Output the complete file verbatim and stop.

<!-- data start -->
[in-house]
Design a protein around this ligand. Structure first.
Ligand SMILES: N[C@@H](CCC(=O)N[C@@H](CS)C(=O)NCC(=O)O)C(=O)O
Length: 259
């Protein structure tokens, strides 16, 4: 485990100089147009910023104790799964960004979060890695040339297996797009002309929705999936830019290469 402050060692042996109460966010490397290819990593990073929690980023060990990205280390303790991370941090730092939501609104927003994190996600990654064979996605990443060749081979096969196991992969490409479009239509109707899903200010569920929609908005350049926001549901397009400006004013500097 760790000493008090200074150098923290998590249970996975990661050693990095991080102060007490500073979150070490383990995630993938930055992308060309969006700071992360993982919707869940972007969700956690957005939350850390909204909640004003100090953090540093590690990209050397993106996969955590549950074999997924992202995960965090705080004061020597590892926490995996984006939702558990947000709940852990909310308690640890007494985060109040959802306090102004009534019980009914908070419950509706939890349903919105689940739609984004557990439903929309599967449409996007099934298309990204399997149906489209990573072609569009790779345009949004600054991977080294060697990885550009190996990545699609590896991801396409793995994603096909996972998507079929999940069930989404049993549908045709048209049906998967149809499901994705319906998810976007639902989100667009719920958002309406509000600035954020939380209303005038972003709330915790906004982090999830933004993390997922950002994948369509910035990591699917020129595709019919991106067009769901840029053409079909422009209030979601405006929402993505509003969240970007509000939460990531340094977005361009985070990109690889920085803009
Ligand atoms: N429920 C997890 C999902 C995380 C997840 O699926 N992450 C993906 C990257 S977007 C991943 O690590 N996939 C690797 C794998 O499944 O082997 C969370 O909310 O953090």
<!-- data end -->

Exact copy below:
[in-house]
Design a protein around this ligand. Structure first.
Ligand SMILES: N[C@@H](CCC(=O)N[C@@H](CS)C(=O)NCC(=O)O)C(=O)O
Length: 259
């Protein structure tokens, strides 16, 4: 485990100089147009910023104790799964960004979060890695040339297996797009002309929705999936830019290469 402050060692042996109460966010490397290819990593990073929690980023060990990205280390303790991370941090730092939501609104927003994190996600990654064979996605990443060749081979096969196991992969490409479009239509109707899903200010569920929609908005350049926001549901397009400006004013500097 760790000493008090200074150098923290998590249970996975990661050693990095991080102060007490500073979150070490383990995630993938930055992308060309969006700071992360993982919707869940972007969700956690957005939350850390909204909640004003100090953090540093590690990209050397993106996969955590549950074999997924992202995960965090705080004061020597590892926490995996984006939702558990947000709940852990909310308690640890007494985060109040959802306090102004009534019980009914908070419950509706939890349903919105689940739609984004557990439903929309599967449409996007099934298309990204399997149906489209990573072609569009790779345009949004600054991977080294060697990885550009190996990545699609590896991801396409793995994603096909996972998507079929999940069930989404049993549908045709048209049906998967149809499901994705319906998810976007639902989100667009719920958002309406509000600035954020939380209303005038972003709330915790906004982090999830933004993390997922950002994948369509910035990591699917020129595709019919991106067009769901840029053409079909422009209030979601405006929402993505509003969240970007509000939460990531340094977005361009985070990109690889920085803009
Ligand atoms: N429920 C997890 C999902 C995380 C997840 O699926 N992450 C993906 C990257 S977007 C991943 O690590 N996939 C690797 C794998 O499944 O082997 C969370 O909310 O953090």